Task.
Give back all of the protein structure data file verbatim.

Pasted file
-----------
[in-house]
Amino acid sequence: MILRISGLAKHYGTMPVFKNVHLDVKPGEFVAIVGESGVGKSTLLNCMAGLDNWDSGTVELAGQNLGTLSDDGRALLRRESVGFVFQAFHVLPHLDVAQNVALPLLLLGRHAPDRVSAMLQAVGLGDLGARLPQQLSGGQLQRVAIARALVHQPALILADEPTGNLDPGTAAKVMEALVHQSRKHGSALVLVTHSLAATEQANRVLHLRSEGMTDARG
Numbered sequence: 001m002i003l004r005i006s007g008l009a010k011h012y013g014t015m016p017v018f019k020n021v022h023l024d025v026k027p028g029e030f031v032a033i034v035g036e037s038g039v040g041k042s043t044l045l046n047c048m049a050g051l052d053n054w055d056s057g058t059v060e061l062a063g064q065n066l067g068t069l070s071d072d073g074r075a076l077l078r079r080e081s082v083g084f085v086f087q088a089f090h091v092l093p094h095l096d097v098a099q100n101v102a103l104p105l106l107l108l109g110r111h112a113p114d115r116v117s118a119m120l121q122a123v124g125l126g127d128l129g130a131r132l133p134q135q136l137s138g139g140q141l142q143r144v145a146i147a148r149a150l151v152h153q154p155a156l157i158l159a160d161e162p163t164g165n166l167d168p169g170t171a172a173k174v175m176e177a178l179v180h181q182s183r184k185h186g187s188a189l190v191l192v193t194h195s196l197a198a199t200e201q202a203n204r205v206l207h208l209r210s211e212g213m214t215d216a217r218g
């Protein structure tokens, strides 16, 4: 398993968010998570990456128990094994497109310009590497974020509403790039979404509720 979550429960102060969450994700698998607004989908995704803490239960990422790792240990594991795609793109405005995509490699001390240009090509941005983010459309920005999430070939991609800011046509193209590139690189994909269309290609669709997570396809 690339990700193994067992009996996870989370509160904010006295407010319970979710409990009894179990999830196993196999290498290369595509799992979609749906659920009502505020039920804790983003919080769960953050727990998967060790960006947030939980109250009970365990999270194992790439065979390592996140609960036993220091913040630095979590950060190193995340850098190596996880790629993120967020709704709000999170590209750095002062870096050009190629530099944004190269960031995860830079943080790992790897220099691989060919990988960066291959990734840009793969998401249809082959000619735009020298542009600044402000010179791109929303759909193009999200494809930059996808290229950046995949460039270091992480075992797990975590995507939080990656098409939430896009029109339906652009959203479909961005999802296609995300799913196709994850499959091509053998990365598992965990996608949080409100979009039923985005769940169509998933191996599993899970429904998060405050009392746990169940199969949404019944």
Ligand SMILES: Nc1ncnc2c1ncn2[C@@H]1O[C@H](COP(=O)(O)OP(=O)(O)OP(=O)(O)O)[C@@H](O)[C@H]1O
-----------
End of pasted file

[in-house]
Amino acid sequence: MILRISGLAKHYGTMPVFKNVHLDVKPGEFVAIVGESGVGKSTLLNCMAGLDNWDSGTVELAGQNLGTLSDDGRALLRRESVGFVFQAFHVLPHLDVAQNVALPLLLLGRHAPDRVSAMLQAVGLGDLGARLPQQLSGGQLQRVAIARALVHQPALILADEPTGNLDPGTAAKVMEALVHQSRKHGSALVLVTHSLAATEQANRVLHLRSEGMTDARG
Numbered sequence: 001m002i003l004r005i006s007g008l009a010k011h012y013g014t015m016p017v018f019k020n021v022h023l024d025v026k027p028g029e030f031v032a033i034v035g036e037s038g039v040g041k042s043t044l045l046n047c048m049a050g051l052d053n054w055d056s057g058t059v060e061l062a063g064q065n066l067g068t069l070s071d072d073g074r075a076l077l078r079r080e081s082v083g084f085v086f087q088a089f090h091v092l093p094h095l096d097v098a099q100n101v102a103l104p105l106l107l108l109g110r111h112a113p114d115r116v117s118a119m120l121q122a123v124g125l126g127d128l129g130a131r132l133p134q135q136l137s138g139g140q141l142q143r144v145a146i147a148r149a150l151v152h153q154p155a156l157i158l159a160d161e162p163t164g165n166l167d168p169g170t171a172a173k174v175m176e177a178l179v180h181q182s183r184k185h186g187s188a189l190v191l192v193t194h195s196l197a198a199t200e201q202a203n204r205v206l207h208l209r210s211e212g213m214t215d216a217r218g
């Protein structure tokens, strides 16, 4: 398993968010998570990456128990094994497109310009590497974020509403790039979404509720 979550429960102060969450994700698998607004989908995704803490239960990422790792240990594991795609793109405005995509490699001390240009090509941005983010459309920005999430070939991609800011046509193209590139690189994909269309290609669709997570396809 690339990700193994067992009996996870989370509160904010006295407010319970979710409990009894179990999830196993196999290498290369595509799992979609749906659920009502505020039920804790983003919080769960953050727990998967060790960006947030939980109250009970365990999270194992790439065979390592996140609960036993220091913040630095979590950060190193995340850098190596996880790629993120967020709704709000999170590209750095002062870096050009190629530099944004190269960031995860830079943080790992790897220099691989060919990988960066291959990734840009793969998401249809082959000619735009020298542009600044402000010179791109929303759909193009999200494809930059996808290229950046995949460039270091992480075992797990975590995507939080990656098409939430896009029109339906652009959203479909961005999802296609995300799913196709994850499959091509053998990365598992965990996608949080409100979009039923985005769940169509998933191996599993899970429904998060405050009392746990169940199969949404019944």
Ligand SMILES: Nc1ncnc2c1ncn2[C@@H]1O[C@H](COP(=O)(O)OP(=O)(O)OP(=O)(O)O)[C@@H](O)[C@H]1O